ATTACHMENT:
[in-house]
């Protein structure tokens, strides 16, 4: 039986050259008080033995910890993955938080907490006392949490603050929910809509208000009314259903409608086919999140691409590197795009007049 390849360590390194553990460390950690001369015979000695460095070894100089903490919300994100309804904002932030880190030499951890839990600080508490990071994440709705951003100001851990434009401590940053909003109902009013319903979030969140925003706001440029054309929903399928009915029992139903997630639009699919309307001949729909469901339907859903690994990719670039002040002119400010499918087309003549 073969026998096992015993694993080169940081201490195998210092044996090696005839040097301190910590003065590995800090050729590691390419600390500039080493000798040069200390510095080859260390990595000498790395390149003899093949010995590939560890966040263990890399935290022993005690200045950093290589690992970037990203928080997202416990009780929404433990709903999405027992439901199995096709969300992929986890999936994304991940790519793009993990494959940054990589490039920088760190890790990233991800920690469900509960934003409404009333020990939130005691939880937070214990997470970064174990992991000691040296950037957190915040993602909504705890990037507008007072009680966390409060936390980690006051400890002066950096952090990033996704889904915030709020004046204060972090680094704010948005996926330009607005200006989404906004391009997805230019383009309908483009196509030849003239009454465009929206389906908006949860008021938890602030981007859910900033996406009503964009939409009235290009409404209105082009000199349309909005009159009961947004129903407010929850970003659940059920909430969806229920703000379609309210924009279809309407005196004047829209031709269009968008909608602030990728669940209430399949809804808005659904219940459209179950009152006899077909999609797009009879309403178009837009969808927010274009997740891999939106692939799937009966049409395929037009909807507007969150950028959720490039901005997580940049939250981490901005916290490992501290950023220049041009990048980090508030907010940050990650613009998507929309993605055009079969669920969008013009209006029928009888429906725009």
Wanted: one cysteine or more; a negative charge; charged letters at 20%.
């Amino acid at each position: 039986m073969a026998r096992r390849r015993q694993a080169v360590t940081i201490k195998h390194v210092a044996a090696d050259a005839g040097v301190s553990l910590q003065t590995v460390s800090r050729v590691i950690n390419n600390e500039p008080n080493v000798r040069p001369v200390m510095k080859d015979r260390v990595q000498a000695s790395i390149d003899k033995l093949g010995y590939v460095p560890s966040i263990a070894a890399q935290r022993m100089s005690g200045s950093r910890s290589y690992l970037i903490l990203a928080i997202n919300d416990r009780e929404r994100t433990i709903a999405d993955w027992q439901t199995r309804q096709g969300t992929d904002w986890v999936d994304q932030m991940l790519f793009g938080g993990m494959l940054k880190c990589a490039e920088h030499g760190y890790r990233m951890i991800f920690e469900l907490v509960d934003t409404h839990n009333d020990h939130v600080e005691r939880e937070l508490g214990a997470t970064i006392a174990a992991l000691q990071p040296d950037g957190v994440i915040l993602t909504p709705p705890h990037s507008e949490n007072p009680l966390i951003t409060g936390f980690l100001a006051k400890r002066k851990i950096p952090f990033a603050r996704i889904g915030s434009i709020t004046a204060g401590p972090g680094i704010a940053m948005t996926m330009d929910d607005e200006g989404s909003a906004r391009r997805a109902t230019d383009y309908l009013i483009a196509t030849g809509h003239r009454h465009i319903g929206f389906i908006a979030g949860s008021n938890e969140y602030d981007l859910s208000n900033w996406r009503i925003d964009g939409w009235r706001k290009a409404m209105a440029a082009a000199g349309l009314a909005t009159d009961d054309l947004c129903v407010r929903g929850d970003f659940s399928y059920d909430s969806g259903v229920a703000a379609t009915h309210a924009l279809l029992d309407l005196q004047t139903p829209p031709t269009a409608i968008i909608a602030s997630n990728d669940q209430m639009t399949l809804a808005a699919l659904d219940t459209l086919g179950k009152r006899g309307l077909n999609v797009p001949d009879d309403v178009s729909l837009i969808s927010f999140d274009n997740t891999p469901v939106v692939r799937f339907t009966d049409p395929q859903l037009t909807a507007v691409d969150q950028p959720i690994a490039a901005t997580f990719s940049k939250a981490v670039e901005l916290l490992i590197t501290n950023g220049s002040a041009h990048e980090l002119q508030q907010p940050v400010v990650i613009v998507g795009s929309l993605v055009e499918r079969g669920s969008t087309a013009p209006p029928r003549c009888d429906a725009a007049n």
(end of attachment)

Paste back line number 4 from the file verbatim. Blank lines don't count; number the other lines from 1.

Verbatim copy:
């Amino acid at each position: 039986m073969a026998r096992r390849r015993q694993a080169v360590t940081i201490k195998h390194v210092a044996a090696d050259a005839g040097v301190s553990l910590q003065t590995v460390s800090r050729v590691i950690n390419n600390e500039p008080n080493v000798r040069p001369v200390m510095k080859d015979r260390v990595q000498a000695s790395i390149d003899k033995l093949g010995y590939v460095p560890s966040i263990a070894a890399q935290r022993m100089s005690g200045s950093r910890s290589y690992l970037i903490l990203a928080i997202n919300d416990r009780e929404r994100t433990i709903a999405d993955w027992q439901t199995r309804q096709g969300t992929d904002w986890v999936d994304q932030m991940l790519f793009g938080g993990m494959l940054k880190c990589a490039e920088h030499g760190y890790r990233m951890i991800f920690e469900l907490v509960d934003t409404h839990n009333d020990h939130v600080e005691r939880e937070l508490g214990a997470t970064i006392a174990a992991l000691q990071p040296d950037g957190v994440i915040l993602t909504p709705p705890h990037s507008e949490n007072p009680l966390i951003t409060g936390f980690l100001a006051k400890r002066k851990i950096p952090f990033a603050r996704i889904g915030s434009i709020t004046a204060g401590p972090g680094i704010a940053m948005t996926m330009d929910d607005e200006g989404s909003a906004r391009r997805a109902t230019d383009y309908l009013i483009a196509t030849g809509h003239r009454h465009i319903g929206f389906i908006a979030g949860s008021n938890e969140y602030d981007l859910s208000n900033w996406r009503i925003d964009g939409w009235r706001k290009a409404m209105a440029a082009a000199g349309l009314a909005t009159d009961d054309l947004c129903v407010r929903g929850d970003f659940s399928y059920d909430s969806g259903v229920a703000a379609t009915h309210a924009l279809l029992d309407l005196q004047t139903p829209p031709t269009a409608i968008i909608a602030s997630n990728d669940q209430m639009t399949l809804a808005a699919l659904d219940t459209l086919g179950k009152r006899g309307l077909n999609v797009p001949d009879d309403v178009s729909l837009i969808s927010f999140d274009n997740t891999p469901v939106v692939r799937f339907t009966d049409p395929q859903l037009t909807a507007v691409d969150q950028p959720i690994a490039a901005t997580f990719s940049k939250a981490v670039e901005l916290l490992i590197t501290n950023g220049s002040a041009h990048e980090l002119q508030q907010p940050v400010v990650i613009v998507g795009s929309l993605v055009e499918r079969g669920s969008t087309a013009p209006p029928r003549c009888d429906a725009a007049n």